New Hope For Depression

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Every week, when Ian Hanley sits down with his therapist, he goes through a list of depression treatments he’s been researching online. The best-known treatments at the top of the list–half a dozen antidepressants and known combinations of those drugs–are all crossed out. “My therapist says he’s never had this much difficulty with somebody,” says Hanley, “which is sort of …

Microdosing Medical Marijuana for Depression

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We can’t help but think sometimes that “more is better.” However, that is often not the case when it comes to medicine. For example, small daily doses of aspirin may help reduce stroke risk in some people. However, a whole bottle of aspirin is dangerous. Likewise, you don’t want to overdo it with medical marijuana for depression. People typically need …

The Dilemma of High-Functioning Depression

Counselling Ottawa Nepean

High-functioning depression, or dysthymia. may be harder to detect than major depressive disorder (MDD) because the people living with it are often high achievers who make you think everything is all right all the time. I had a difficult time beginning this piece because the topic hit very close to home. I’ve suffered from depression pretty much my entire life. …

Hearing colors and tasting sounds

Counselling Ottawa

Can you taste sounds or visualize symphonies of color whenever you hear a song? If your answer to these is “yes,” you may have a wonderful condition known as synesthesia, which you share with many great artists, writers, and musicians. Writer Vladimir Nabokov had it, and he called it “color hearing.” By his own account, Nabokov saw each letter in …

How Your Mind, Under Stress, Gets Better at Processing Bad News

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Some of the most important decisions you will make in your lifetime will occur while you feel stressed and anxious. From medical decisions to financial and professional ones, we are often required to weigh up information under stressful conditions. Take for example expectant parents who need to make a series of important choices during pregnancy and labour – when many …

Where Does Happiness Reside in the Brain?

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Neuroscience research points toward the role our brains play in our happiness, even if we don’t understand all the brain’s mysteries yet. Ever wonder why we get a warm feeling when we come home? Or why laughter makes us feel so good? Or why, even though exercise is good for us, so many of us tend to avoid it? If …

On Self-Loathing

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We are all our own worst critics. Truly, we beat ourselves up for things that others would never even think about, let alone berate us for, and we often hold ourselves up to damned near impossible standards. That’s all pretty normal. What can be a cause for concern is when several contributing factors all team up to make us truly …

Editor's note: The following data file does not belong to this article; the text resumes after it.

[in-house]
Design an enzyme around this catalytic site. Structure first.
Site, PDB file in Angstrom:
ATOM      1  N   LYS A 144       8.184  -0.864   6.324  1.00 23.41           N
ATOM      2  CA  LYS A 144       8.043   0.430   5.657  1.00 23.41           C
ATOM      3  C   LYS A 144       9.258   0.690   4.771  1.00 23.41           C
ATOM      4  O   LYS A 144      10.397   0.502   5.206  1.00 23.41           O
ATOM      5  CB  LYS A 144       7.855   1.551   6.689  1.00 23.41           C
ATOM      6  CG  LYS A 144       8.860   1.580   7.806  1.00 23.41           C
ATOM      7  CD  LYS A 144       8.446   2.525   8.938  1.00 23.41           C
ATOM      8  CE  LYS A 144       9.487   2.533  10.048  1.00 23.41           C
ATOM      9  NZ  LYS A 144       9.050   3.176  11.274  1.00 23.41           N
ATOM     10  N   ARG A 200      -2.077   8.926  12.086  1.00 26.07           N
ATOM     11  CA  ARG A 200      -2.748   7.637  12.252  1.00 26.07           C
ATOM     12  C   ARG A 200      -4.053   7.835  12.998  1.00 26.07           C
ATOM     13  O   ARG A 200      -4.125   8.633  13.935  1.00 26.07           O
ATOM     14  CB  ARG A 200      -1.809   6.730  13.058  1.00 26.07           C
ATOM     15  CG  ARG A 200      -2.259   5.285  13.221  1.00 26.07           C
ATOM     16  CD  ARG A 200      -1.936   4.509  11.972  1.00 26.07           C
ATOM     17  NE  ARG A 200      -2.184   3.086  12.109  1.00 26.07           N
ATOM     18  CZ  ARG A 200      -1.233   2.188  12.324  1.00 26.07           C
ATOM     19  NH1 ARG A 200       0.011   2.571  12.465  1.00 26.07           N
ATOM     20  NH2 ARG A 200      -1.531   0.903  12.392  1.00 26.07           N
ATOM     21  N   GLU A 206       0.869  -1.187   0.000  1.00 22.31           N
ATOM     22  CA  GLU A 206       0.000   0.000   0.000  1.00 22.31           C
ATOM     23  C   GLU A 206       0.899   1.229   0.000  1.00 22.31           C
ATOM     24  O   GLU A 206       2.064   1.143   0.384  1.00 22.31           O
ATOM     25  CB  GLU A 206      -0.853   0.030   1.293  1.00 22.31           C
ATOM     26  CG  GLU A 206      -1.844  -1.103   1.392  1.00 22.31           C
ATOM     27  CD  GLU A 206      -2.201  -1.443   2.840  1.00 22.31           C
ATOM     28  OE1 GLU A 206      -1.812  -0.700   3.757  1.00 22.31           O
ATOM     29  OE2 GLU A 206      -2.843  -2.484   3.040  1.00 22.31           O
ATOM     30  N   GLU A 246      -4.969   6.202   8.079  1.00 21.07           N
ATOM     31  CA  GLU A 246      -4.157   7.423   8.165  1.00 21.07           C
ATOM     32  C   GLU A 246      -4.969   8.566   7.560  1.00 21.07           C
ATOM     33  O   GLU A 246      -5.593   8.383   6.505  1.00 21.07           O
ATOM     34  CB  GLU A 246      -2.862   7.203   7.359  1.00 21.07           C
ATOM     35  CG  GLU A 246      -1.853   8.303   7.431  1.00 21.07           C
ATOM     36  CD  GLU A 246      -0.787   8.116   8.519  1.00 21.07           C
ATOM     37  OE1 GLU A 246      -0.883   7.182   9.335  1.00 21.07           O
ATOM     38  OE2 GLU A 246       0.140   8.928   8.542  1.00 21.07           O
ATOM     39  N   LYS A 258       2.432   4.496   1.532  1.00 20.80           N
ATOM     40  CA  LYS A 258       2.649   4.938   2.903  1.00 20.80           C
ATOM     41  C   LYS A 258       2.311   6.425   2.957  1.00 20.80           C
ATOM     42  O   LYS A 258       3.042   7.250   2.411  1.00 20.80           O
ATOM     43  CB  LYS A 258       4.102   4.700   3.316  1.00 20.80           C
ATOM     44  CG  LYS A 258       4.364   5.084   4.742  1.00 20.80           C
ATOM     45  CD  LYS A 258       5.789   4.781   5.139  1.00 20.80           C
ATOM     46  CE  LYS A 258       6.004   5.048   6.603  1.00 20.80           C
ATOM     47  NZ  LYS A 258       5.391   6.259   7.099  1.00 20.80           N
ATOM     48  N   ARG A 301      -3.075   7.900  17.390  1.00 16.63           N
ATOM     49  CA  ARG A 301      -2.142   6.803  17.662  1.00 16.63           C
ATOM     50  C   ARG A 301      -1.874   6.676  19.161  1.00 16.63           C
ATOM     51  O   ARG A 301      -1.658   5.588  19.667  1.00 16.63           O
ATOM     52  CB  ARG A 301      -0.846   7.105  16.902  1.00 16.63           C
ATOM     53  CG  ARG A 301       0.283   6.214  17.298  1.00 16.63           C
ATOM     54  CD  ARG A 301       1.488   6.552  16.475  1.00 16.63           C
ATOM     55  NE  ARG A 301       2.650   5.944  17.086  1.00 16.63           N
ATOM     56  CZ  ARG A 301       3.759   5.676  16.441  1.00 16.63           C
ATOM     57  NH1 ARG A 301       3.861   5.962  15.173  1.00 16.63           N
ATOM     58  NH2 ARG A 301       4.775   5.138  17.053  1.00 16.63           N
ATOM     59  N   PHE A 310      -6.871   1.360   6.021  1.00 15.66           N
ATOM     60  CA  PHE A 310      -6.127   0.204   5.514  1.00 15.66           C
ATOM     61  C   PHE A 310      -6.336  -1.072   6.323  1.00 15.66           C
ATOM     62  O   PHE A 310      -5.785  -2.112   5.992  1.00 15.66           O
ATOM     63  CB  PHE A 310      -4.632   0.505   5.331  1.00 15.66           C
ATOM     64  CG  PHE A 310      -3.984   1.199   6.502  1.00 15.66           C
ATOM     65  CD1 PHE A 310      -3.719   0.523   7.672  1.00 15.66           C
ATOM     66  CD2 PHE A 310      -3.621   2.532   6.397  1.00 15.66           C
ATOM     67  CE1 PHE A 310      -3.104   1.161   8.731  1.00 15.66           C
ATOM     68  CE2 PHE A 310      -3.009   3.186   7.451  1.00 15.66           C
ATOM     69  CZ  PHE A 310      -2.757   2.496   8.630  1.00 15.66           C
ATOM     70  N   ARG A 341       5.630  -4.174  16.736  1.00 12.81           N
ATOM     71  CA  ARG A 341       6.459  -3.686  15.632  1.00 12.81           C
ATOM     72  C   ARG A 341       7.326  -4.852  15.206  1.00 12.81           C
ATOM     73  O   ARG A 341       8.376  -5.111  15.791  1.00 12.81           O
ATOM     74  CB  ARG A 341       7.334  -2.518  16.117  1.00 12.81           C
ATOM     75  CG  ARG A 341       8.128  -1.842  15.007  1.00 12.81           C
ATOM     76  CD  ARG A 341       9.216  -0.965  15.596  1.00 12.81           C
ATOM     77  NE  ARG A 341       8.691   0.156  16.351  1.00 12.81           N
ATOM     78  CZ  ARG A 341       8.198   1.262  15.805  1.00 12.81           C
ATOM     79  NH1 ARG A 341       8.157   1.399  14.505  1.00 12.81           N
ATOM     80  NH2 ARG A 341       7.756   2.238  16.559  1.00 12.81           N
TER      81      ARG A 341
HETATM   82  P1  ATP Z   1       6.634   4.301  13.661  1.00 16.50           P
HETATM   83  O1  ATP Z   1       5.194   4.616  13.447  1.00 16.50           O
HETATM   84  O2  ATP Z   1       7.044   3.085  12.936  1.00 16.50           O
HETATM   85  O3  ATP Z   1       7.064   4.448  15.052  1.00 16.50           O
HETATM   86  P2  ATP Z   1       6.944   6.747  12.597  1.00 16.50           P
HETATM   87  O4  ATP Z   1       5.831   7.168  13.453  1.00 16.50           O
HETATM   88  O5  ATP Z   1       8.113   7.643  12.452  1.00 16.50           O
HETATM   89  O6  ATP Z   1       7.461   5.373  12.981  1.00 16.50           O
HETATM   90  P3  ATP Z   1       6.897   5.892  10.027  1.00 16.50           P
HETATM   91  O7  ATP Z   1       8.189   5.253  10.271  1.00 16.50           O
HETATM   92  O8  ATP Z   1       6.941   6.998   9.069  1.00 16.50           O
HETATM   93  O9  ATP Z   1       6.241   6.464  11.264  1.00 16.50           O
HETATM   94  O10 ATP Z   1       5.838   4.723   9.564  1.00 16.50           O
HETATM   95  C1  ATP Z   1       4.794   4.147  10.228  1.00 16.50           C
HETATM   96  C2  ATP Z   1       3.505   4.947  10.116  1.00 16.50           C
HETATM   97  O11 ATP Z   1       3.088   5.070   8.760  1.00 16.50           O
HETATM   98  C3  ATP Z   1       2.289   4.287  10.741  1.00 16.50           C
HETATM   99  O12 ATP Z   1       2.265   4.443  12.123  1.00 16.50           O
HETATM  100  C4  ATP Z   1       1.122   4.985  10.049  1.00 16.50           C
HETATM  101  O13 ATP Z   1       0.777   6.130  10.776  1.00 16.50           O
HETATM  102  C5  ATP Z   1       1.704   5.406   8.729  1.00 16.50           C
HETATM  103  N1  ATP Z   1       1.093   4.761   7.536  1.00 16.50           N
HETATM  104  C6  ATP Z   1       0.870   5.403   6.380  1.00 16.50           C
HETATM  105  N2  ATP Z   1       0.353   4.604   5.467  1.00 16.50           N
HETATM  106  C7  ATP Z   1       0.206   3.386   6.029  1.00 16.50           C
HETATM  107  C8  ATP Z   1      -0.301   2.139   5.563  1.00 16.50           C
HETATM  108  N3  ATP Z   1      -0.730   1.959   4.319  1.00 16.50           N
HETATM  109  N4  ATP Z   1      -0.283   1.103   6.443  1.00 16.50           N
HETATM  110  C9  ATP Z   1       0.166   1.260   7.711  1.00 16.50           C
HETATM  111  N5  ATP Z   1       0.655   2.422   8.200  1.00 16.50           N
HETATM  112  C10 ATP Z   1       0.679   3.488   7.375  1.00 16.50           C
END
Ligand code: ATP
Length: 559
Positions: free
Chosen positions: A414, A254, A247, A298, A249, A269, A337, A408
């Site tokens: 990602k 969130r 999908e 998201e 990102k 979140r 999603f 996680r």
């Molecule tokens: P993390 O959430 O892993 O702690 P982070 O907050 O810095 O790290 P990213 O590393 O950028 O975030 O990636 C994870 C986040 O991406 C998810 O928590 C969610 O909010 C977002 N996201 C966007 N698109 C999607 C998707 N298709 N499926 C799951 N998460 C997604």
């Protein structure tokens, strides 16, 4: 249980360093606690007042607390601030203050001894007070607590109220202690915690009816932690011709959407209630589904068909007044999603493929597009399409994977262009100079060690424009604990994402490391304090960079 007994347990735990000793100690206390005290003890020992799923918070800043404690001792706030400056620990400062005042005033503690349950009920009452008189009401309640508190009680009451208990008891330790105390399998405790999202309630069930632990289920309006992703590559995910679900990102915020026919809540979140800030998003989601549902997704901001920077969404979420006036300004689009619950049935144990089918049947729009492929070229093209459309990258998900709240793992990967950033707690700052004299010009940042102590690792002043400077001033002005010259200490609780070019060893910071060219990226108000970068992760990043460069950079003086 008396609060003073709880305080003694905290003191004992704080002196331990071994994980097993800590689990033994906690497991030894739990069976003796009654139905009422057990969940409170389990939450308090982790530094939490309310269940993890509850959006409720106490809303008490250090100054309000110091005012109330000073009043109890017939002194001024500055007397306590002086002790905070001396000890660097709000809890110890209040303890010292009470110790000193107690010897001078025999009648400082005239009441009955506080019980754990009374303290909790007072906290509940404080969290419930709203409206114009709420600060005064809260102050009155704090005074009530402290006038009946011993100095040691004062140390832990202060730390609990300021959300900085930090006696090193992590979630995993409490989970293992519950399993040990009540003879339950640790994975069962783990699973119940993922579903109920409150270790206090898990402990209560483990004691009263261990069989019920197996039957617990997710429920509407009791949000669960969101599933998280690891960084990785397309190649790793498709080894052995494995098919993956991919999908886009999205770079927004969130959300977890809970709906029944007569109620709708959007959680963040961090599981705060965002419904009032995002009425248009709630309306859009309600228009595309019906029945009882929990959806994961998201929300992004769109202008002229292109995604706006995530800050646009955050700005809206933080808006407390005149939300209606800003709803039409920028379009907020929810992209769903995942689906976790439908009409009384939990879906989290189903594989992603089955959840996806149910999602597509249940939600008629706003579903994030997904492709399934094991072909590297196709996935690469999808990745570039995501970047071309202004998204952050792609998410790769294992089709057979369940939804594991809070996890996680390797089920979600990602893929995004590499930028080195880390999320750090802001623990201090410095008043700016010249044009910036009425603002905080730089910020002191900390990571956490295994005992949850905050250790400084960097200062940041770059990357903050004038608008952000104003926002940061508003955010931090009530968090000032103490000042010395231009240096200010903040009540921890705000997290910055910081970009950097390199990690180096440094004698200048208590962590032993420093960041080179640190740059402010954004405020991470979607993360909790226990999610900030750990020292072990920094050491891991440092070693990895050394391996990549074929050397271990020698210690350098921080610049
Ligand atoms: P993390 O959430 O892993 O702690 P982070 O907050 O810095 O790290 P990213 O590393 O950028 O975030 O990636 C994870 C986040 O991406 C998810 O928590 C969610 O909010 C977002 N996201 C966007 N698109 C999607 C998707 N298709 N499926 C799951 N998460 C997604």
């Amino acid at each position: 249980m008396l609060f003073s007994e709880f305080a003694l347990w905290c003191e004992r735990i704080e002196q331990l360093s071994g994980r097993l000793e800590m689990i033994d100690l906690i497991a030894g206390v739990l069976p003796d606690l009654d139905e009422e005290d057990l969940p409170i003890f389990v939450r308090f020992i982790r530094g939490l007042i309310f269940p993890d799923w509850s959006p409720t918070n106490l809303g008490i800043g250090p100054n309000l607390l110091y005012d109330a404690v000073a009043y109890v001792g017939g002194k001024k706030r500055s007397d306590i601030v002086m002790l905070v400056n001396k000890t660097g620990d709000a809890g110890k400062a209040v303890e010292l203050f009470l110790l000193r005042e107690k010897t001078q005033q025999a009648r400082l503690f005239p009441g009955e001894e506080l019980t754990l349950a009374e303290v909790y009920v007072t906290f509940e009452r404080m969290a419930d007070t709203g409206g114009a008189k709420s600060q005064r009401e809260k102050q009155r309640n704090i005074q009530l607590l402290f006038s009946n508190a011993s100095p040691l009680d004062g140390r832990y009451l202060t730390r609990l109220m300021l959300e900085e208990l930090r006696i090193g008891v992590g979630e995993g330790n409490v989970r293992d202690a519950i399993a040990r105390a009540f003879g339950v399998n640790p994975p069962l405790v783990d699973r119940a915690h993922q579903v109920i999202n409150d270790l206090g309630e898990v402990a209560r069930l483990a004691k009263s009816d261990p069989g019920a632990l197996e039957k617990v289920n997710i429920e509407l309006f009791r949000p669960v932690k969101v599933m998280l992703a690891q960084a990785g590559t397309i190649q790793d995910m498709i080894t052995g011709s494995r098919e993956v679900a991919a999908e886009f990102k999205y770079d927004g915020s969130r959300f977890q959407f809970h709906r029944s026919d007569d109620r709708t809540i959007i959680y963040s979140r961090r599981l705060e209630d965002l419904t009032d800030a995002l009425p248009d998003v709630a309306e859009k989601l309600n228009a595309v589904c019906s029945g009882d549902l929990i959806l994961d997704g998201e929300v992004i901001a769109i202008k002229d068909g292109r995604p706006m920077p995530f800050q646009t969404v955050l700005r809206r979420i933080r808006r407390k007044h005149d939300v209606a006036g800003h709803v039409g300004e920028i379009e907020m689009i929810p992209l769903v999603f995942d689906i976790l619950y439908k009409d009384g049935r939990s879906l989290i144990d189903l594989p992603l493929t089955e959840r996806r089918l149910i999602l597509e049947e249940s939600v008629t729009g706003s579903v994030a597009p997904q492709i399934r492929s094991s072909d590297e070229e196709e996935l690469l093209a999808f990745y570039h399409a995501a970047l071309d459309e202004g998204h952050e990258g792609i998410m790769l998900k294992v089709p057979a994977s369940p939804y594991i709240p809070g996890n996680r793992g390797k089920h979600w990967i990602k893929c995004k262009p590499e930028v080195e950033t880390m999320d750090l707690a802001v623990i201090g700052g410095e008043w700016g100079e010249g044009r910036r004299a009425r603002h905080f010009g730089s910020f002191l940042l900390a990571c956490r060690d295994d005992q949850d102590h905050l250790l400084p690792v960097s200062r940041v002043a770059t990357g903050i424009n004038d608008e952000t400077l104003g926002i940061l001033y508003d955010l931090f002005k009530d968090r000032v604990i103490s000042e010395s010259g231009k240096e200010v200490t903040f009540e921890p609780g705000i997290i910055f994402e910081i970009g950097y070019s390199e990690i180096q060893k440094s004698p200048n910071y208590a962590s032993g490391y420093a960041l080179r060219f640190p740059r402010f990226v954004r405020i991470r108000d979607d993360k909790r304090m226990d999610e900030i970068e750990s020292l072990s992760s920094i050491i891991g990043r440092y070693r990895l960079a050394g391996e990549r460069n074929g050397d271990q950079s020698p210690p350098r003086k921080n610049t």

Does Nature Shape Our Personalities More Than Nurture?

Newport-Beach Psychologist

The nature vs. nurture debate is nothing new. Simply put, it’s a question of whether genes or environment matter more when it comes to how our personalities are shaped. This is an ongoing debate and will likely continue to be because there are so many ways to look at it. It’s important to keep in mind that nature refers to …

Infantilization and What It Means to Infantilize

Newport-Beach-Psychologist

The simple definition of infantilization is treating a child much younger than their actual age. For some parents, this becomes their ‘normal’ way of child rearing, and it can lead to unhealthy development in the child. But, it’s usually an issue with the parent that triggers infantilization in the first place. It’s not uncommon to look at your little one …

The Complexities of Self Sabotage

Newport-Beach Psychologist

Learn more about what it means to self-sabotage and how you can overcome it. A behavior is said to be self-sabotaging when it interferes with long-standing goals and makes it harder for one to succeed. To put it another way, self-sabotage is the conflict between your conscious and unconscious desires that manifest in self-limiting patterns. Self-sabotage can be severely damaging …

Toxic Conversations & Objective Truth

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In a key moment of the final Trump-Clinton presidential debate, Donald Trump turned to a question regarding Russian president Vladimir Putin: “He has no respect for her,” Trump said, pointing at Hillary Clinton. “Putin, from everything I see, has no respect for this person.” The two debaters then drilled down to try and gain a more nuanced understanding of the …

What Happens to Creativity as We Age?

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One day not long ago, Augie, a 4-year-old Gopnik grandchild, heard his grandfather wistfully say, “I wish I could be a kid again.” After a thoughtful pause, Augie came up with a suggestion: Grandpa should try not eating any vegetables. The logic was ingenious: Eating vegetables turns children into big strong adults, so not eating vegetables should reverse the process. …

Alexa, Are You Safe For My Kids?

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Earlier this month, the toy-giant Mattel announced it had pulled the plug on plans to sell an interactive gadget for children. The device, called Aristotle, looked similar to a baby monitor with a camera. Critics called it creepy. Powered by artificial intelligence, Aristotle could get to know your child — at least that was how the device was being pitched. …

Do Cultural Differences Change What Depression Feels Like?

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The contrasting ways Chinese people and Westerners express symptoms could point to distinct experiences of the same disorder. Just after lunchtime, on a blistering summer day in Washington, D.C., cultural psychologist Yulia Chentsova-Dutton is showing me the stars. They’re on her computer screen at Georgetown University, and labeled disturbingly: insomnia, anhedonia, headache, social withdrawal, chronic pain, and more. Each star …

When Anger is Your Go-To Emotion

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Anger is my emotional factory setting. I inherited the trait from my father. He used to punch empty cardboard boxes in the grocery store, where he worked after school. His father had been angry too; Wilsons have been short-tempered for generations. It didn’t help that when I was a kid playing sports, over-aggression was prized. It was called being competitive. …